Animal Ghosts, Colonial Haunting: History’s Presence(s) beyond Benjamin and Derrida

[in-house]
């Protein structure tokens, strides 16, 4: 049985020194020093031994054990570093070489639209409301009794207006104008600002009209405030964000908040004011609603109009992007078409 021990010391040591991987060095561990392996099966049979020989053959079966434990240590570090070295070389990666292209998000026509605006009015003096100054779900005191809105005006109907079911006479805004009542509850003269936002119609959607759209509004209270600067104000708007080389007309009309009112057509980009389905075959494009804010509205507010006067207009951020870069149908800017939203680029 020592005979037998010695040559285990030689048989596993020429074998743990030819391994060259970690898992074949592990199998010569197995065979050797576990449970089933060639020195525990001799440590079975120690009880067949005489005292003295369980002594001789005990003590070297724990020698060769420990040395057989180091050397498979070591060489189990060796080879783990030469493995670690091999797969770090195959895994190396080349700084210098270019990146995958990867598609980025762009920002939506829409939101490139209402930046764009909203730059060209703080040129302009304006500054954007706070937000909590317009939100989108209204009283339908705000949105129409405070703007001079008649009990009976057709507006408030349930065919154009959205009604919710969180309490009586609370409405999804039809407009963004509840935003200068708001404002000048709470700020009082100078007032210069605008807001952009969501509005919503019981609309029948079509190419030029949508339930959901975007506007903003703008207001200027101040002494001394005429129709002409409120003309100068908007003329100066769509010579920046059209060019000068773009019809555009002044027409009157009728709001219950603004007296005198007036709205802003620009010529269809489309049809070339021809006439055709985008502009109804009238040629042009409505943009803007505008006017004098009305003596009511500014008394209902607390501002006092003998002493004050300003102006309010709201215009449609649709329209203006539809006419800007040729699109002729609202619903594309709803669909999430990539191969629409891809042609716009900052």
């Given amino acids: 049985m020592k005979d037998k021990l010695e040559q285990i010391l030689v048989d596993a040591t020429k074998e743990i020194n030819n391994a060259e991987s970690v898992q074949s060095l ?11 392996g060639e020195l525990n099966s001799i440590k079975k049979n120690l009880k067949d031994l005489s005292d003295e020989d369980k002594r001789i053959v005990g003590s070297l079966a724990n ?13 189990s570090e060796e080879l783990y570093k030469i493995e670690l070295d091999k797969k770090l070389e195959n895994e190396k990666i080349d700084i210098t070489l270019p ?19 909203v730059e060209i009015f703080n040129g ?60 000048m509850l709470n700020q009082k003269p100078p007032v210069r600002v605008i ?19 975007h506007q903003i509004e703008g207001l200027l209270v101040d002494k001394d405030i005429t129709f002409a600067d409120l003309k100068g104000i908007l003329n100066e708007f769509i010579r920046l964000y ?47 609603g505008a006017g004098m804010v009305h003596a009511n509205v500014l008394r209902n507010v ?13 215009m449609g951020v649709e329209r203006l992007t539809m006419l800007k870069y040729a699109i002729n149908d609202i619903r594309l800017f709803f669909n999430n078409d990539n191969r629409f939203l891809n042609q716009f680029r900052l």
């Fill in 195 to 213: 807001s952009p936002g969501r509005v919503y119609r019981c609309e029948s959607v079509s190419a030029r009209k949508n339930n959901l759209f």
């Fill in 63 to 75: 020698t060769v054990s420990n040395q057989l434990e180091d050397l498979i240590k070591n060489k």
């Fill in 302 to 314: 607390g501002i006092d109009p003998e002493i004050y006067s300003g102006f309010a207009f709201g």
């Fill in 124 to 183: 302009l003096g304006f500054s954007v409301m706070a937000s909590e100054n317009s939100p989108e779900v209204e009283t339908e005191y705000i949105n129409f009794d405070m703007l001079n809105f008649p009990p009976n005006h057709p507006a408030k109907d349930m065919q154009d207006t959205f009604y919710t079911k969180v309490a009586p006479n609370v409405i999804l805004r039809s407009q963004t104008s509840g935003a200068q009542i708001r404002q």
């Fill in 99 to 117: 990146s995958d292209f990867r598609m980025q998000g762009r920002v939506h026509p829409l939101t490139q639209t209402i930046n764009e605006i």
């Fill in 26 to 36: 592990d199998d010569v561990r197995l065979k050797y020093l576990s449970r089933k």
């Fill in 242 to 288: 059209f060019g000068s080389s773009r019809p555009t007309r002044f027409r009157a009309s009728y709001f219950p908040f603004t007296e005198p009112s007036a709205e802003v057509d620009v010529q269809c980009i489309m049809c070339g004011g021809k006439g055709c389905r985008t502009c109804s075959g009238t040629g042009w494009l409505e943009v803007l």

This chapter explains that the sense of the transnational space provided by Jimenez's work addresses a liminal subject position from which we can account for postcolonial trauma and the intangible and more subtle forms of institutionalized violence and economic injustice against the marginalized in an already globalized world. The postnationalism of Francisco Jimenez's works emerges as a transgression of the boundaries established by traditional 'national' literatures between the local and the global, and between the official 'truth' of the dominant culture and the daily lives of immigrant cultures. As this approach to literature expands the notion of nation, it is able to create a voice through which we can envision individual and communal empowerment and transnational agency. In an empowering new identity structure, a transcending notion of nation would be able to capture the potential of reading texts which exist in a dialectic movement between the local and the global, the experiential and the political, the national and the postnational.